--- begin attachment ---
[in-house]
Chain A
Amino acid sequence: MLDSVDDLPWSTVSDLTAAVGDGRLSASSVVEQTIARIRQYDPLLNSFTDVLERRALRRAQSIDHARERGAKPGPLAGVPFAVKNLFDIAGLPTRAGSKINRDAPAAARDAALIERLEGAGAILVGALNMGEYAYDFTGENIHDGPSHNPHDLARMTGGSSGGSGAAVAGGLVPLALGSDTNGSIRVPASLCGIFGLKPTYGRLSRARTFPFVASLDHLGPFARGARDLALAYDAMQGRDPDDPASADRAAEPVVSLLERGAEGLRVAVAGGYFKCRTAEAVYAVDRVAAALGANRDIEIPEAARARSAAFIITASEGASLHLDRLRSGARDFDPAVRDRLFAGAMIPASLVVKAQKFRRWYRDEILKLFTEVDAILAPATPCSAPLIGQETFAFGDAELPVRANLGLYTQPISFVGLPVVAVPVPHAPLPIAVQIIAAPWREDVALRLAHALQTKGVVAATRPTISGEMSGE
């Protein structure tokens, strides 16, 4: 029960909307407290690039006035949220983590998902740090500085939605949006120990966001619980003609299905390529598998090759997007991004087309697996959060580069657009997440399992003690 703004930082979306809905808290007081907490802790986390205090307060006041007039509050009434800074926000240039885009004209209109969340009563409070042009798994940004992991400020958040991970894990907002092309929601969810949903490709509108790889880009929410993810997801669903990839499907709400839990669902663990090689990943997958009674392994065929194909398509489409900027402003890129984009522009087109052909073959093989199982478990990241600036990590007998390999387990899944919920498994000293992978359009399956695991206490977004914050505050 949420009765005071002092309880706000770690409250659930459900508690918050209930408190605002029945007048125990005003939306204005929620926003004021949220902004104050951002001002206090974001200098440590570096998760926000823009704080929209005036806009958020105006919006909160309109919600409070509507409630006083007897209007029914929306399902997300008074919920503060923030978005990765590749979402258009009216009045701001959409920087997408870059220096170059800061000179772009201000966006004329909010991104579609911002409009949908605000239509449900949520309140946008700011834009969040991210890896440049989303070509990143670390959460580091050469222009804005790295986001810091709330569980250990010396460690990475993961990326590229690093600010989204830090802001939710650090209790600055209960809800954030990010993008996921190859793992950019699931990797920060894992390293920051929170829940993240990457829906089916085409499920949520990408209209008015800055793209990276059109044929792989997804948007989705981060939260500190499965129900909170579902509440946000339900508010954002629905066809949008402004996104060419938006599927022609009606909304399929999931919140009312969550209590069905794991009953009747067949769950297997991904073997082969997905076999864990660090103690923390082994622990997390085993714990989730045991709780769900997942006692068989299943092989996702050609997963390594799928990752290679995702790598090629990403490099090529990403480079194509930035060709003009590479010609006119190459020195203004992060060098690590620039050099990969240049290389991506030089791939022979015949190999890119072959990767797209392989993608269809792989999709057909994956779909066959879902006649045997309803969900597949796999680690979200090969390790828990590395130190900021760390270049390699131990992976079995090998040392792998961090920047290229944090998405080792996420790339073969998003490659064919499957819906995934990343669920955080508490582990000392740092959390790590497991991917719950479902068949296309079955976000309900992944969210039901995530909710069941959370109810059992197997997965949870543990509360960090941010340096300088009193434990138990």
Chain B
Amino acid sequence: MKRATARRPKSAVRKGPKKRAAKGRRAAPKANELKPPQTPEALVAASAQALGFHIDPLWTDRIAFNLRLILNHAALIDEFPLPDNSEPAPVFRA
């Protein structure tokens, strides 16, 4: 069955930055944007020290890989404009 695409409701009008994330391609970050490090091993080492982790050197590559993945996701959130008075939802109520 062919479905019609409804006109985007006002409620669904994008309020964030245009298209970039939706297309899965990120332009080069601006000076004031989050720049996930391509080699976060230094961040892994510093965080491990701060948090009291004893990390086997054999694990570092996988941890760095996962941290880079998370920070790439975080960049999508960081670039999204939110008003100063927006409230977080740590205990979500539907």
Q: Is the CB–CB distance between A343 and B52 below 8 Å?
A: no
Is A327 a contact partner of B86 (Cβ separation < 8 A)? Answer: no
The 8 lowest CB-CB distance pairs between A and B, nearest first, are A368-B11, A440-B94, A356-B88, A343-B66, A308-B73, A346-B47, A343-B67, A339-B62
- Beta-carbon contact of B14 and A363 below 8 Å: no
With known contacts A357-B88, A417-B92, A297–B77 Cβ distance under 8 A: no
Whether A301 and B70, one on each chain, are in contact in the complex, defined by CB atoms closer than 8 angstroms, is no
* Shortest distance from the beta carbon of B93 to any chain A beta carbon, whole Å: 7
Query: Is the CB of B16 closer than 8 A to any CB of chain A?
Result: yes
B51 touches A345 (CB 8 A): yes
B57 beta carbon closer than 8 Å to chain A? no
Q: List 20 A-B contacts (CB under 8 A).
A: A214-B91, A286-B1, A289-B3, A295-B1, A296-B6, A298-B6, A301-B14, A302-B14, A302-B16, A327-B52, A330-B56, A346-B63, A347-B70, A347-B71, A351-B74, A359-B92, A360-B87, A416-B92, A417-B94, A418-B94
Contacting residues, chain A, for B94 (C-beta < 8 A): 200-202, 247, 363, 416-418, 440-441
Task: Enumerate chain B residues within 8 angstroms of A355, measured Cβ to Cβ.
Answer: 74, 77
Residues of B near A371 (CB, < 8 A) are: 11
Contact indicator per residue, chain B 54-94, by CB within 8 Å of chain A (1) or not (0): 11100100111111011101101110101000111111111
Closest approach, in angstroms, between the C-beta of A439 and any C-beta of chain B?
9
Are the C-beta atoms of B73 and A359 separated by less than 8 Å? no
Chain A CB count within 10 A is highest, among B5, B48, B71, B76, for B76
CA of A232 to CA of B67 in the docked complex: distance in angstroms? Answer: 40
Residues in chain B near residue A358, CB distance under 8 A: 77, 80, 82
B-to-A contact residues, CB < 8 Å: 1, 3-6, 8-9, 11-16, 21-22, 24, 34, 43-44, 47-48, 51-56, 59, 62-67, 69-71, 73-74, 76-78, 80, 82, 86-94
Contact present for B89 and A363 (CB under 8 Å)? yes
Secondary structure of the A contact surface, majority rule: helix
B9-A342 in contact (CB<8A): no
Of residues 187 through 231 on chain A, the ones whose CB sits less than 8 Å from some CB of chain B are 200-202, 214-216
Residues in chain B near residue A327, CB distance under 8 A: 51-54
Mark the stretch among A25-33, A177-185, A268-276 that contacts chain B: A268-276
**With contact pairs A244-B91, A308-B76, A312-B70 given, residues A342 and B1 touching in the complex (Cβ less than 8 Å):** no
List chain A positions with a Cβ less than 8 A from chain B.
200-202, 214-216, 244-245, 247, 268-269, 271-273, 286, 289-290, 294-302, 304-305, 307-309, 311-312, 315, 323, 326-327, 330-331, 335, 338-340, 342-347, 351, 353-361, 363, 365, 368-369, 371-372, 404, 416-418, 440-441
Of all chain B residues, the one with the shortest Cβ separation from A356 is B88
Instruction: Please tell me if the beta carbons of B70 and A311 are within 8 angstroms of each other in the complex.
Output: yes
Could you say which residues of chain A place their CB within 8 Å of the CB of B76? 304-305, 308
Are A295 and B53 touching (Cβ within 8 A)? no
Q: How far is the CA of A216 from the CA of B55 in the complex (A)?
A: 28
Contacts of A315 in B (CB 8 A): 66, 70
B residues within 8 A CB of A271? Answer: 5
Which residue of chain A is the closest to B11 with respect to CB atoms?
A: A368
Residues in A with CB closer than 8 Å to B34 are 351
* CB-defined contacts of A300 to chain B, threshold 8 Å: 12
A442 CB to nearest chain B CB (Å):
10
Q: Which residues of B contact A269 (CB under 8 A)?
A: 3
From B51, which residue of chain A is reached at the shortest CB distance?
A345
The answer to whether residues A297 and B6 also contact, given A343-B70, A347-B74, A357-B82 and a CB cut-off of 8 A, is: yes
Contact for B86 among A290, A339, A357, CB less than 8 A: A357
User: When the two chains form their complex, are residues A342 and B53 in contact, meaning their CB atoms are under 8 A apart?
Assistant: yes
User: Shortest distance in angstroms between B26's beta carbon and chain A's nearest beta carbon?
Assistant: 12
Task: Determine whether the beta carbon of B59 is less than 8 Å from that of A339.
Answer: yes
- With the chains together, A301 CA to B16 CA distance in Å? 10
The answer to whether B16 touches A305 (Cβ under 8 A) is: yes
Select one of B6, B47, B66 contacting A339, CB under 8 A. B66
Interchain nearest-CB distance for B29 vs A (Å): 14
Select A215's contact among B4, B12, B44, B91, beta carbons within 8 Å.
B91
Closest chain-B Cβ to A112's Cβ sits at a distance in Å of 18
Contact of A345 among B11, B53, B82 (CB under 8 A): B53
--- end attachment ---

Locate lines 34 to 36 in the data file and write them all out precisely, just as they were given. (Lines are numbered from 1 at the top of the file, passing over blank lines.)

Contact present for B89 and A363 (CB under 8 Å)? yes
Secondary structure of the A contact surface, majority rule: helix
B9-A342 in contact (CB<8A): no